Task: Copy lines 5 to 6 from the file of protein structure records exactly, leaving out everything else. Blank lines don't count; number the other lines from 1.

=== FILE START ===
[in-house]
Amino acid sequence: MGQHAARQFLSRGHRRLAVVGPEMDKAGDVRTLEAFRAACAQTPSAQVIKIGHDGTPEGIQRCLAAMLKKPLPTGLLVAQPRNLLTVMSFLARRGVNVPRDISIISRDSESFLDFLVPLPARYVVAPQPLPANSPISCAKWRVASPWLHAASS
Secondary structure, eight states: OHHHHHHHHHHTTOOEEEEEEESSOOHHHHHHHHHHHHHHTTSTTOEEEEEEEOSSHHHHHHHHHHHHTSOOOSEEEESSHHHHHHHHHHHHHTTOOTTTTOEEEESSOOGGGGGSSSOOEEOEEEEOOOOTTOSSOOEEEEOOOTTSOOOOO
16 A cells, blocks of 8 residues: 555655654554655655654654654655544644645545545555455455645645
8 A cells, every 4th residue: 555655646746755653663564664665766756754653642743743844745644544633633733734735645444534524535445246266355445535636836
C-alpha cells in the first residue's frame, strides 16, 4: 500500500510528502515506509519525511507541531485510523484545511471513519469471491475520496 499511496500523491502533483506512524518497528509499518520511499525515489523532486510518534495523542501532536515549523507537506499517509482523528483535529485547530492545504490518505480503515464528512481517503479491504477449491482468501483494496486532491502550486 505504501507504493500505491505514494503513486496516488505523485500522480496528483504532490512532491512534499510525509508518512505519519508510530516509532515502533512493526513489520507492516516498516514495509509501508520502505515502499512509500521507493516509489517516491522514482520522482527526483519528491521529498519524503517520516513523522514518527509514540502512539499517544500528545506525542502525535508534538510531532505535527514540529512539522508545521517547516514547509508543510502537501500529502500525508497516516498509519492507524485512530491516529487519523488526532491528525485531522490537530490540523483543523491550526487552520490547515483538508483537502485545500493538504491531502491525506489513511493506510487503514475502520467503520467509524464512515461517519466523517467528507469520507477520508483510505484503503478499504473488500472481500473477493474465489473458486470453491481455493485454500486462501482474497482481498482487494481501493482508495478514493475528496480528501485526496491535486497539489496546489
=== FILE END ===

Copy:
8 A cells, every 4th residue: 555655646746755653663564664665766756754653642743743844745644544633633733734735645444534524535445246266355445535636836
C-alpha cells in the first residue's frame, strides 16, 4: 500500500510528502515506509519525511507541531485510523484545511471513519469471491475520496 499511496500523491502533483506512524518497528509499518520511499525515489523532486510518534495523542501532536515549523507537506499517509482523528483535529485547530492545504490518505480503515464528512481517503479491504477449491482468501483494496486532491502550486 505504501507504493500505491505514494503513486496516488505523485500522480496528483504532490512532491512534499510525509508518512505519519508510530516509532515502533512493526513489520507492516516498516514495509509501508520502505515502499512509500521507493516509489517516491522514482520522482527526483519528491521529498519524503517520516513523522514518527509514540502512539499517544500528545506525542502525535508534538510531532505535527514540529512539522508545521517547516514547509508543510502537501500529502500525508497516516498509519492507524485512530491516529487519523488526532491528525485531522490537530490540523483543523491550526487552520490547515483538508483537502485545500493538504491531502491525506489513511493506510487503514475502520467503520467509524464512515461517519466523517467528507469520507477520508483510505484503503478499504473488500472481500473477493474465489473458486470453491481455493485454500486462501482474497482481498482487494481501493482508495478514493475528496480528501485526496491535486497539489496546489